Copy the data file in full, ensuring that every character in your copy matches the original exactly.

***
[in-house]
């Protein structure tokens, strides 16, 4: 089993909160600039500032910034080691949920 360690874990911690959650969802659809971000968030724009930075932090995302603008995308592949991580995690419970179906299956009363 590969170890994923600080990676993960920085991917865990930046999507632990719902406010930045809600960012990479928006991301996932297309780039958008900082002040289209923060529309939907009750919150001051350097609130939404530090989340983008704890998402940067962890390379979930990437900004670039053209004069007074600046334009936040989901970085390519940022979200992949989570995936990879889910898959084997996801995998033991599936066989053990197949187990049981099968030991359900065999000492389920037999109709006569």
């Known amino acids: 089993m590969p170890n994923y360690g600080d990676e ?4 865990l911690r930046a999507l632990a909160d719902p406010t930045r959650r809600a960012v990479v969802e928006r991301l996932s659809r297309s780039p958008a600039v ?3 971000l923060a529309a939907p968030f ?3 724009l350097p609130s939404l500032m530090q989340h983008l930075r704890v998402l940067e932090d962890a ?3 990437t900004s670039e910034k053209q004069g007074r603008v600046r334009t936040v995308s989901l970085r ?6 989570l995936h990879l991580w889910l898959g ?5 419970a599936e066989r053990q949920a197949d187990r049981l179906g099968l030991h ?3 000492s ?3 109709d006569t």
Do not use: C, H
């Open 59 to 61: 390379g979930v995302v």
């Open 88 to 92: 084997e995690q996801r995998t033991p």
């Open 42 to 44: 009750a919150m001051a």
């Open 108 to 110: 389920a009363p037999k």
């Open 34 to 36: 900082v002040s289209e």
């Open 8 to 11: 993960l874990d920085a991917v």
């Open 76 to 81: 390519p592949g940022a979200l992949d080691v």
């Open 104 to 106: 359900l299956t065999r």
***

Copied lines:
[in-house]
């Protein structure tokens, strides 16, 4: 089993909160600039500032910034080691949920 360690874990911690959650969802659809971000968030724009930075932090995302603008995308592949991580995690419970179906299956009363 590969170890994923600080990676993960920085991917865990930046999507632990719902406010930045809600960012990479928006991301996932297309780039958008900082002040289209923060529309939907009750919150001051350097609130939404530090989340983008704890998402940067962890390379979930990437900004670039053209004069007074600046334009936040989901970085390519940022979200992949989570995936990879889910898959084997996801995998033991599936066989053990197949187990049981099968030991359900065999000492389920037999109709006569």
């Known amino acids: 089993m590969p170890n994923y360690g600080d990676e ?4 865990l911690r930046a999507l632990a909160d719902p406010t930045r959650r809600a960012v990479v969802e928006r991301l996932s659809r297309s780039p958008a600039v ?3 971000l923060a529309a939907p968030f ?3 724009l350097p609130s939404l500032m530090q989340h983008l930075r704890v998402l940067e932090d962890a ?3 990437t900004s670039e910034k053209q004069g007074r603008v600046r334009t936040v995308s989901l970085r ?6 989570l995936h990879l991580w889910l898959g ?5 419970a599936e066989r053990q949920a197949d187990r049981l179906g099968l030991h ?3 000492s ?3 109709d006569t």
Do not use: C, H
């Open 59 to 61: 390379g979930v995302v």
């Open 88 to 92: 084997e995690q996801r995998t033991p």
């Open 42 to 44: 009750a919150m001051a």
């Open 108 to 110: 389920a009363p037999k």
């Open 34 to 36: 900082v002040s289209e």
């Open 8 to 11: 993960l874990d920085a991917v």
């Open 76 to 81: 390519p592949g940022a979200l992949d080691v």
């Open 104 to 106: 359900l299956t065999r």